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Publication numberUS5878441 A
Publication typeGrant
Application numberUS 08/845,947
Publication dateMar 9, 1999
Filing dateApr 30, 1997
Priority dateMay 31, 1994
Fee statusLapsed
Publication number08845947, 845947, US 5878441 A, US 5878441A, US-A-5878441, US5878441 A, US5878441A
InventorsDan L. Busker, Mark I. Frick
Original AssigneeBusker; Dan L., Frick; Mark I.
Export CitationBiBTeX, EndNote, RefMan
External Links: USPTO, USPTO Assignment, Espacenet
Water-impervious pocket
US 5878441 A
Abstract
A waterproof pocket, usable in beach or boating environments, can hold articles therein while keeping the articles dry. The pocket is formed of a water-impervious material. A seal, such as a slide fastener or interlocking ridges, is formed to prevent water from entering the pocket. The pocket can be attached to clothing, particularly to a swim suit. Alternately, the pocket may be held in a slot or other similar opening in the clothing.
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Claims(4)
Having thus described the present invention, what is claimed is:
1. A water-impervious pocket comprising:
(a) a first opaque panel formed of a water impervious material;
(b) a second opaque panel formed of a water impervious material, the first panel and the second panel being joined such that an opening is formed therebetween, the opening being in communication with a space formed between the first panel and the second panel;
(c) at least two ridges disposed on the first panel proximate the opening;
(d) a plurality of ridges disposed on the second panel proximate the opening, any two adjacent ridges defining a channel therebetween, there being at least two channels, each channel for seating a ridge of the first panel therewithin;
(e) a slide fastener glidingly disposed on the two panels over the ridges formed thereon, the slide fastener forcing each ridge of the first panel into an associated channel of the second panel, the interdigitation of the ridges effecting a water-impervious seal, the slide fastener including means for grasping and means for suspending an item therefrom.
2. A water-impervious pocket comprising:
(a) a first panel formed of a water impervious material;
(b) a second panel formed of a water impervious material, the first panel and the second panel being joined together such that an opening is formed therebetween, the opening being in communication with a space formed between the first panel and the second panel;
(c) at least two spaced apart ridges disposed on the first panel proximate the opening;
(d) a plurality of ridges disposed on the second panel proximate the opening, any two ridges defining a channel therebetween, the channel for seating a ridge of the first panel therewithin;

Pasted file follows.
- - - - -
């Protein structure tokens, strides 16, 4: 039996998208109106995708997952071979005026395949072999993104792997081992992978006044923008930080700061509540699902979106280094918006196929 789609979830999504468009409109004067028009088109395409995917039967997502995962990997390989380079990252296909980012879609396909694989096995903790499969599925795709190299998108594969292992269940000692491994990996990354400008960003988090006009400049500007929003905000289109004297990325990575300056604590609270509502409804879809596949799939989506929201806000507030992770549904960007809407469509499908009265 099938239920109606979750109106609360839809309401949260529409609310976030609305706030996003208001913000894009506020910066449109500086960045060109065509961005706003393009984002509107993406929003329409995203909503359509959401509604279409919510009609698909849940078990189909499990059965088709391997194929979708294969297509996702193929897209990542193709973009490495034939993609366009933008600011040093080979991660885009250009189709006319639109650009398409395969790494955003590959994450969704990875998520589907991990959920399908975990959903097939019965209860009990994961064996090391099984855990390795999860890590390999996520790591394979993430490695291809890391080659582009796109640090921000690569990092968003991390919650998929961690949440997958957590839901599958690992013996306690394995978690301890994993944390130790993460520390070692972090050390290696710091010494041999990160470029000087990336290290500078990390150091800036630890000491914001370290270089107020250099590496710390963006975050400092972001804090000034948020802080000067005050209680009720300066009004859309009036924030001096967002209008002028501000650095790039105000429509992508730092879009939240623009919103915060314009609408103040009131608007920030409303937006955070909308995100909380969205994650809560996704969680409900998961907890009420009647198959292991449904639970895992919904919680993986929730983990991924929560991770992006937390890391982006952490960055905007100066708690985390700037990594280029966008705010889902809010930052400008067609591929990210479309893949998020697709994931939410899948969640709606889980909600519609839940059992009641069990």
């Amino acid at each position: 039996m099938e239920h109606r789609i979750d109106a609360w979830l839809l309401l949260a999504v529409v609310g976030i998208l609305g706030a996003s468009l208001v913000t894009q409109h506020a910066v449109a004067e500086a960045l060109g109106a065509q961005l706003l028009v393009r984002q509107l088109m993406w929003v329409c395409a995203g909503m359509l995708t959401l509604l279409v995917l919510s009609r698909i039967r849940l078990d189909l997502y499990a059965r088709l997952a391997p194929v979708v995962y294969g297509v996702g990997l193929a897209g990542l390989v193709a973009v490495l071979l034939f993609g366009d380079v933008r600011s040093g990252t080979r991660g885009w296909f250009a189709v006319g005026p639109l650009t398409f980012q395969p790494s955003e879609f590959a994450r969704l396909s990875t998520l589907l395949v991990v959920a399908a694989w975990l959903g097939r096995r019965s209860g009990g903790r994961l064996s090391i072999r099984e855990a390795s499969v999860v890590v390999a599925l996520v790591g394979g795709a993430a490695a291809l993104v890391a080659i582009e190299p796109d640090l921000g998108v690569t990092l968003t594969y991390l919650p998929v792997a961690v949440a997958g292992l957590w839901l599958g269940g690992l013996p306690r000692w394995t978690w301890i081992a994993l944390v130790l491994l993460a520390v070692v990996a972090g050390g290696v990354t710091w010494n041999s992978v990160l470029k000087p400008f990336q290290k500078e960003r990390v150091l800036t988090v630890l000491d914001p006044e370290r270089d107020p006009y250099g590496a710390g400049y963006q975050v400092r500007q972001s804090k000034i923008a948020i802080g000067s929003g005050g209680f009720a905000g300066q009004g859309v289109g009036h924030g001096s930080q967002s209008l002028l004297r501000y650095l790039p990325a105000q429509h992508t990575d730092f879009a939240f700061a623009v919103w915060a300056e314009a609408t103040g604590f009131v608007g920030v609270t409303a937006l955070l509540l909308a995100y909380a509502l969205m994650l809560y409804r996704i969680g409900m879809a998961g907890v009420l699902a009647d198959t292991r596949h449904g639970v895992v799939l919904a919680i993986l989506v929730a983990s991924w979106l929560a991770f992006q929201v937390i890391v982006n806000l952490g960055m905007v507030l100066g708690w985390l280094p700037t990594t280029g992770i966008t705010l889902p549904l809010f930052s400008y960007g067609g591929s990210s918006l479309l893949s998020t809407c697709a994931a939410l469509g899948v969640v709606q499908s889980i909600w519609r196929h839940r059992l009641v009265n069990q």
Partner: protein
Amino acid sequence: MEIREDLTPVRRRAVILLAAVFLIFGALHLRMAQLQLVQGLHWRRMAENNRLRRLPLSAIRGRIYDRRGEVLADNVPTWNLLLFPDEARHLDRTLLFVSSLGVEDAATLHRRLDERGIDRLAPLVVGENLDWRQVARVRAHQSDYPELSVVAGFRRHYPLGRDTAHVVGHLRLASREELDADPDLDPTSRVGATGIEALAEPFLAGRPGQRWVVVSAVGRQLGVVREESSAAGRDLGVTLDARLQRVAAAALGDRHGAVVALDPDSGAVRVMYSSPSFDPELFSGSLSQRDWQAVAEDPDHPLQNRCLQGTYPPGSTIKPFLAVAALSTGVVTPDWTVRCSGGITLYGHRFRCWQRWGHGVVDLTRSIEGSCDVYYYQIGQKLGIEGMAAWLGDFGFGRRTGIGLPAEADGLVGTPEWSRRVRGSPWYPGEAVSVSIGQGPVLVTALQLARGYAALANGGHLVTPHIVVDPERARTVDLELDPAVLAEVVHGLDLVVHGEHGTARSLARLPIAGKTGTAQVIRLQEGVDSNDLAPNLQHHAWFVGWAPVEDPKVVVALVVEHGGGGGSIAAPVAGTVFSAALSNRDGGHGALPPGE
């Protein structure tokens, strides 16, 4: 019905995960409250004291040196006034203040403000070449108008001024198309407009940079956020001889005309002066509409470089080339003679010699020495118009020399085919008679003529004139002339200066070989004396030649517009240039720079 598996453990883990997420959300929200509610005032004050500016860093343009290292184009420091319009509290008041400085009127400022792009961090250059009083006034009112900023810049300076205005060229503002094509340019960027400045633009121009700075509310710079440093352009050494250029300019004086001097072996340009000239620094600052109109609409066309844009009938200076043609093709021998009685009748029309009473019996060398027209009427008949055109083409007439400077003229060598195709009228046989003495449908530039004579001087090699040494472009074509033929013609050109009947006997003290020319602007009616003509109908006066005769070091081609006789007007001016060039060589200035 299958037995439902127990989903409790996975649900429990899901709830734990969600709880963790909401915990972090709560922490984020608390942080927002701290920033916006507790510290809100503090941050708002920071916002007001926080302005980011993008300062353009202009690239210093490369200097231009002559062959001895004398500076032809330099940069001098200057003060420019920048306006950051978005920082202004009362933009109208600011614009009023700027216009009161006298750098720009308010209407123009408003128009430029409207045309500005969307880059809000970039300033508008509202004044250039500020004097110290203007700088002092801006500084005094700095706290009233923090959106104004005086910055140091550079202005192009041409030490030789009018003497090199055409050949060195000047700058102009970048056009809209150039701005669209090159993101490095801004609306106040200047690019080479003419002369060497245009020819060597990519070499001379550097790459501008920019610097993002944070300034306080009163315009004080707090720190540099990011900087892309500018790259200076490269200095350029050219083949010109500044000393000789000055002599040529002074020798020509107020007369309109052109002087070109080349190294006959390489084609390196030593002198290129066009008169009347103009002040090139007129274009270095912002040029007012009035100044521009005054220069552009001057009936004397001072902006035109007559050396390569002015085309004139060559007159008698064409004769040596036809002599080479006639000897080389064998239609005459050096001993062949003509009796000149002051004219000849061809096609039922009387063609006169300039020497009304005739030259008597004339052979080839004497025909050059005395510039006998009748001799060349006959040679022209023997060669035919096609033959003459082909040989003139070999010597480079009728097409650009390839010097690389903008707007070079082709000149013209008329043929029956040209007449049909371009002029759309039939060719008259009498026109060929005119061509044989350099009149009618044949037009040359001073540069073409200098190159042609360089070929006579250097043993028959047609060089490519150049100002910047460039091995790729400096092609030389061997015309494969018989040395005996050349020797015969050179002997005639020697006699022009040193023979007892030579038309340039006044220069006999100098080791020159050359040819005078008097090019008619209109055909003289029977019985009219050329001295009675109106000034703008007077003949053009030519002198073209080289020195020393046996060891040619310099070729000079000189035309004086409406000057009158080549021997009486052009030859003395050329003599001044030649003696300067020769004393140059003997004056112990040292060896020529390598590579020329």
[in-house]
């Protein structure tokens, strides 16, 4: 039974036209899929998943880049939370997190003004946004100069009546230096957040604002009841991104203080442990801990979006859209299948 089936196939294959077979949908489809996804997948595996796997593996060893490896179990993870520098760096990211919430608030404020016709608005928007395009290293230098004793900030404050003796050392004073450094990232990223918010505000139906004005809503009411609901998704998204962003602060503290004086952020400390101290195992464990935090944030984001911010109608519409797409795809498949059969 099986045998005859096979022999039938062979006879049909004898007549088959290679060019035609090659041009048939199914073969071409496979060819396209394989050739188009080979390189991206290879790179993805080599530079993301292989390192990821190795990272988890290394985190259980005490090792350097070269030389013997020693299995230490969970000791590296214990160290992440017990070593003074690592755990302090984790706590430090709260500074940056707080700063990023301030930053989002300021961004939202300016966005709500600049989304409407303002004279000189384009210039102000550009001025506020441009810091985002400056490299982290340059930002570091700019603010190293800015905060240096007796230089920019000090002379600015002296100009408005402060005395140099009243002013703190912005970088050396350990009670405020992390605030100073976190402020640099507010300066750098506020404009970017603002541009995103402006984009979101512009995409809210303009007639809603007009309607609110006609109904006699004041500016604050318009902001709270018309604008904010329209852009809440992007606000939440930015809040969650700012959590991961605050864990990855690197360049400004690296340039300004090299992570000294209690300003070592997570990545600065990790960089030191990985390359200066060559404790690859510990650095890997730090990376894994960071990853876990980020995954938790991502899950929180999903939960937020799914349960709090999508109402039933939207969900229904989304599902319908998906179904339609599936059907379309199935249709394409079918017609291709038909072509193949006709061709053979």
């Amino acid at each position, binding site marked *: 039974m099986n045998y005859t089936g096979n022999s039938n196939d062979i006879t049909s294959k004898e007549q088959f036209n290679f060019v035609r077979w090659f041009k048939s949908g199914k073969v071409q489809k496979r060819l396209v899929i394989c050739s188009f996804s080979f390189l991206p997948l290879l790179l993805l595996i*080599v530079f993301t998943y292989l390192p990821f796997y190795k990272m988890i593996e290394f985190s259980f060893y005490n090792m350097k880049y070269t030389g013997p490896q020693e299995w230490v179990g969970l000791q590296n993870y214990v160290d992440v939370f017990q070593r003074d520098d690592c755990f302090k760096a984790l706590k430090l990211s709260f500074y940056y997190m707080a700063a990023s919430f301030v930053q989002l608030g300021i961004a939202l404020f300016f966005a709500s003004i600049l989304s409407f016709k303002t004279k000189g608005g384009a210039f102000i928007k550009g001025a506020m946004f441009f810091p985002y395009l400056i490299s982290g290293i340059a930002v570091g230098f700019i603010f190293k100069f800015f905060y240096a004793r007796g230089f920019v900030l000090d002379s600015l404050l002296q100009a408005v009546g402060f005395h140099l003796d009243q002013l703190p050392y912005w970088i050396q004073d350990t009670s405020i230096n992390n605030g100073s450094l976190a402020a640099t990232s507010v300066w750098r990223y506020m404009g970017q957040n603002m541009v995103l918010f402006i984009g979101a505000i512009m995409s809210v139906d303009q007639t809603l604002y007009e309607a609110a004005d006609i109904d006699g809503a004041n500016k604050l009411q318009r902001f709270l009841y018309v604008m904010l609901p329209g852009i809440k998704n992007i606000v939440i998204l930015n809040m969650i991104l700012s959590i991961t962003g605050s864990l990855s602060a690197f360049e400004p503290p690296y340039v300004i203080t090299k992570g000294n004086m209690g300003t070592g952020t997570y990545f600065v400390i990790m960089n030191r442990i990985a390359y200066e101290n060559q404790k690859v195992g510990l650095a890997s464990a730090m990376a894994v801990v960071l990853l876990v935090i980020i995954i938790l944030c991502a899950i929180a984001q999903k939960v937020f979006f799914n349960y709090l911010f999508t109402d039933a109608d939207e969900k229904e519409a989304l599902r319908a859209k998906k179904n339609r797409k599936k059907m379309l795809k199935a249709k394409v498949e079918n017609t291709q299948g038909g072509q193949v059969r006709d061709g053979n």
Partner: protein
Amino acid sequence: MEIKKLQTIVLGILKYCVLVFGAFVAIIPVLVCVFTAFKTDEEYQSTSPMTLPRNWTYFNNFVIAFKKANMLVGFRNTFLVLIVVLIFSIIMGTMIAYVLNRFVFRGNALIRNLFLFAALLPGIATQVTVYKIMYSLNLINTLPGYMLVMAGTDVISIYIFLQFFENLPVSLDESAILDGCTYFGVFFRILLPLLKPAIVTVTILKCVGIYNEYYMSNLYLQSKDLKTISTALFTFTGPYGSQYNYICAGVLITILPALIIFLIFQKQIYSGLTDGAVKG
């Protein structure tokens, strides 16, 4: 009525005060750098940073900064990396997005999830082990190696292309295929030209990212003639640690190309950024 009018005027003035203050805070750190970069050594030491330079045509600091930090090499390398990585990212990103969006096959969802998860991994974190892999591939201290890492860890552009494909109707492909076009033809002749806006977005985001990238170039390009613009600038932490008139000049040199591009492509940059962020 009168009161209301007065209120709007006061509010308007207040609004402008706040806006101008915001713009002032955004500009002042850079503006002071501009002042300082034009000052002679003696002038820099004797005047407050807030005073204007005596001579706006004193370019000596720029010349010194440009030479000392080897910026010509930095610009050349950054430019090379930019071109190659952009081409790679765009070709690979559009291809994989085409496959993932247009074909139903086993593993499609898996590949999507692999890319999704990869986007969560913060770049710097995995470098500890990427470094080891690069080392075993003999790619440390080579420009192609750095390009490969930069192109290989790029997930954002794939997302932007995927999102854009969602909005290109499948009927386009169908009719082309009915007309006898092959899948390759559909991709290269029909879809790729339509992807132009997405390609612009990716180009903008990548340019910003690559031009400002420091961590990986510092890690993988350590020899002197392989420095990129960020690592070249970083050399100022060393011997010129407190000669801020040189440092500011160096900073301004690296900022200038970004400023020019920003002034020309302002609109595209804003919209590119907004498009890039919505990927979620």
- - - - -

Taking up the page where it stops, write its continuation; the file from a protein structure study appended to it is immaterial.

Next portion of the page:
(e) a time piece mounted to one of the panels such that the time display is visible through the one panel; and
(f) a cover panel having side edges, the cover panel disposed intermediate the first and the second panel and attached to the first panel, such that a space exists between the cover panel and the first panel, the time piece seated in the space.
3. The water-impervious pocket of claim 2 further including means for attaching the pocket to a belt.
4. The water-impervious pocket of claim 3 wherein the means for attaching the pocket to a belt is mounted to the second panel.
Description

This is a continuation of application Ser. No. 08/251,789, filed May. 31, 1994 abandoned.

BACKGROUND OF THE INVENTION

1. Field of the Invention

The present invention concerns waterproof, sealable pockets. More particularly, the present invention concerns such sealable, water-impervious pockets deployed on clothing or otherwise deployable on the body of a user.

2. Prior Art

The formation of pouches that are waterproof, that is, formed of water-impervious material and having formed therein a releasable water-impervious seal, is known. A commonly known version of this type of pouch is the sealable food bag, such as that sold under the trademark "Ziplock".

Such a bag has been deployed in combination with a beach towel, as set forth in U.S. Pat. No. 4,195,378 issued Apr. 1, 1980 to Parker and entitled "MIULTIPURPOSE BEACH EQUIPMENT". Parker teaches a plurality of pouches formed at the top of a blanket. Each pouch is formed of a waterproof lining and sealed with a waterproof zipper.

As helpful as the Parker device is, Parker presents problems to a user. When at the beach or other water recreation, the Parker device will keep an article within a waterproof area. However, if the towel is unattended, the articles contained therein are vulnerable to theft. Further, the articles cannot be carried around in a waterproof pouch unless the entire towel is carried. Even if the entire towel is transported, it is bulky and cumbersome.

Additionally, there is the inherent problem in the environments where such waterproof devices are utilized of securing timepieces. Watches and similar devices are often not waterproof. Therefore, these timepieces must be taken off, where loss due to misplacing or theft is possible. Even if stored in a waterproof pouch, such time devices must be removed to be utilized.

What is needed is a waterproof, releasably sealable pocket that can be either permanently or releasably attached to a suit or other item of clothing or, alternately, to means for disposing the pouch on a user. Further, there is a need for such a pocket with a timepiece therein to facilitate the tracking of time. It is to this need that the present invention is directed.

SUMMARY OF THE INVENTION

The present invention is a water-impervious pocket attachable to an article of clothing. The pocket comprises: